It is no news that unity is a prerequisite for a peaceful society. In other words, a nation without unity is simply a nation in crisis. In Nigeria, this is evident through crises that have presented themselves in the form of religious fights, ethnic group tussles and the scramble for scarce resources. In view of the aforesaid, at what point is it necessary to address the factors militating against our unity?
First, one would wonder if the whole idea of unity can exist beyond the boundaries of ideality in a country like Nigeria, where religious difference has taken a radical dimension. There is a shift from difference in beliefs or worship to rivalry, claims of superiority and authenticity. Sadly, the two major characters in this awful play are the Christians and the Muslims. This, I think, is a direct consequence of inadequate knowledge. Before now, if not now, the default position of many people towards Muslims has been similar to what they would think of a terrorist, a hater of mankind. This falls back to presuppositions and stories that have been told. There have been controversial stories of Muslims being linked with terrorist attacks and attempts to influence the political system of the country, making life miserable for the Christians.
Similarly, Christians have also been victims of arrests, slanders and libels. This is militating against the whole concept of unity. Of course, I hold no brief for anyone, but I think in as much as the veracity of these stories cannot be proven, our actions are merely triggered off by inadequate knowledge. There is need to drink deep or taste more of the Pierian Spring. We can change the narrative if we learn more about our differences; if we try to understand that God or Allah might not be interested in unhealthy arguments asserting who He is or how He should be worshipped; if we stop concluding by existing stories, stories told by others, what the British poet Alexander Pope calls “reasoning and concluding by precedent.” Pope while addressing the critics of his time in his 1711 poem, An Essay on Criticism wrote:
Some never advance a judgement of their own
But catch the spreading notion of the town;
They reason and conclude by precedent
And own stale nonsense which they never invent.
This is true as most of the stories rifting the society apart are stories we know little about, the invention of others. That Christianity isn’t legitimate is a story; that Muslims are terrorists is another story. These stories need a closer attention to see if our supposed evidence can form a noose around the neck of the accused and if need be, they should be retold.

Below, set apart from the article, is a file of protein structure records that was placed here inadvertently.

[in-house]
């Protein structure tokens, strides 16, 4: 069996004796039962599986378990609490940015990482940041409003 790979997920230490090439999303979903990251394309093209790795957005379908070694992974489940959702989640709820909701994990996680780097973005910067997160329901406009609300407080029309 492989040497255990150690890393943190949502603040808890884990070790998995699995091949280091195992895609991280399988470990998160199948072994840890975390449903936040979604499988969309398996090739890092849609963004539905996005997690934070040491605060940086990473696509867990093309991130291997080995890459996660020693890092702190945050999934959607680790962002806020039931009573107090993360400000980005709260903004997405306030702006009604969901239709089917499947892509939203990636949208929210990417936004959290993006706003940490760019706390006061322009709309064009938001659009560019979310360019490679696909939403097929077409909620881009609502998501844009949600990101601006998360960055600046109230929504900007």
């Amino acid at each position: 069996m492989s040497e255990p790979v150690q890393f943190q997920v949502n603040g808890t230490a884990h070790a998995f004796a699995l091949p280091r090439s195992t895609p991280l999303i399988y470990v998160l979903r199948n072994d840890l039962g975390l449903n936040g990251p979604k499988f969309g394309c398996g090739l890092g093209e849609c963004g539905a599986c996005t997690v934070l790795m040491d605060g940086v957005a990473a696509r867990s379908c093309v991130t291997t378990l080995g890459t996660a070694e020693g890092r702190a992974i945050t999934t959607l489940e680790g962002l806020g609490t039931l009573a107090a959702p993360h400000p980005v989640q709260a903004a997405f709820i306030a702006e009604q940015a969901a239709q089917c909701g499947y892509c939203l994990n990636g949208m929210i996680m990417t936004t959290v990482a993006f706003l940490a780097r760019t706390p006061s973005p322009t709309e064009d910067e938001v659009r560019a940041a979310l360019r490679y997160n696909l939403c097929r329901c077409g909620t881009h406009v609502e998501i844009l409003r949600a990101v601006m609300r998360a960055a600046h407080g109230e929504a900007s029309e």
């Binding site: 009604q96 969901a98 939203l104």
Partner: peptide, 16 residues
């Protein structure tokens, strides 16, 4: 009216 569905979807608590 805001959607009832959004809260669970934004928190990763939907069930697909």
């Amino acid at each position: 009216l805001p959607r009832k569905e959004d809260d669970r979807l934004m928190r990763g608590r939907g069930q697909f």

Again, the unity of Nigeria as well as many other nations has been greatly affected by the political thought pattern of the citizens. Politics has dissolved into a platform for hate speeches, slanders and libels. In view of this, it is no odd saying that unity cannot coexist with this new found love. The question then becomes, CAN THERE BE POLITICS WITHOUT FIGHTS, SLANDERS AND LIBELS? Well, I think “yes” is an appropriate answer. How? It’s simple! We need to change our thinking, our ideas.
Also, the distribution of scarce resources has stirred up problems in many nations and Nigerian isn’t an exception. In Nigeria, this has probably caused more crisis than any other factor. Some feel cheated, others feel abandoned. At worst, this has led to attempts by some parts of the country to secede. It shouldn’t be this way, there is need to redefine our concept of oneness. Everyone should be paid for his/her labour.
Of course, inter-ethnic group crises are not left out of this. This is no strange challenge to many nations, let alone Nigeria. In Nigeria, these challenges prompted the introduction of the National Youth Service Corp (NYSC) in 1973 after the popular Nigerian civil war of 1967. This scheme mandates all fresh graduates to undergo a compulsory one year service. Graduates are posted to areas far from their ethnic groups. The aim was simply to unite the nation; to create an avenue for fresh graduates to partake in the development of the nation. Judging from recent events, one would be tempted to say that the existence of this scheme is similar to what the wonderful spoken word poet, Jefferson Bethke calls “pouring perfume on a casket.” This is because the real issue is not addressed.
In conclusion, the idea of national unity as it is in Nigeria and many other countries today needs to be redefined. It should be known that God or Allah and crises are two opposites; one is an expression of love and unity, the other is simply awful and undesirable. It is also a fact that our difference in culture, ethnic groups merely accentuate the beauty of our existence and shouldn’t form a bottleneck in our unity. If we can address the various threats to our unity in consonance with these facts, we will have a better place.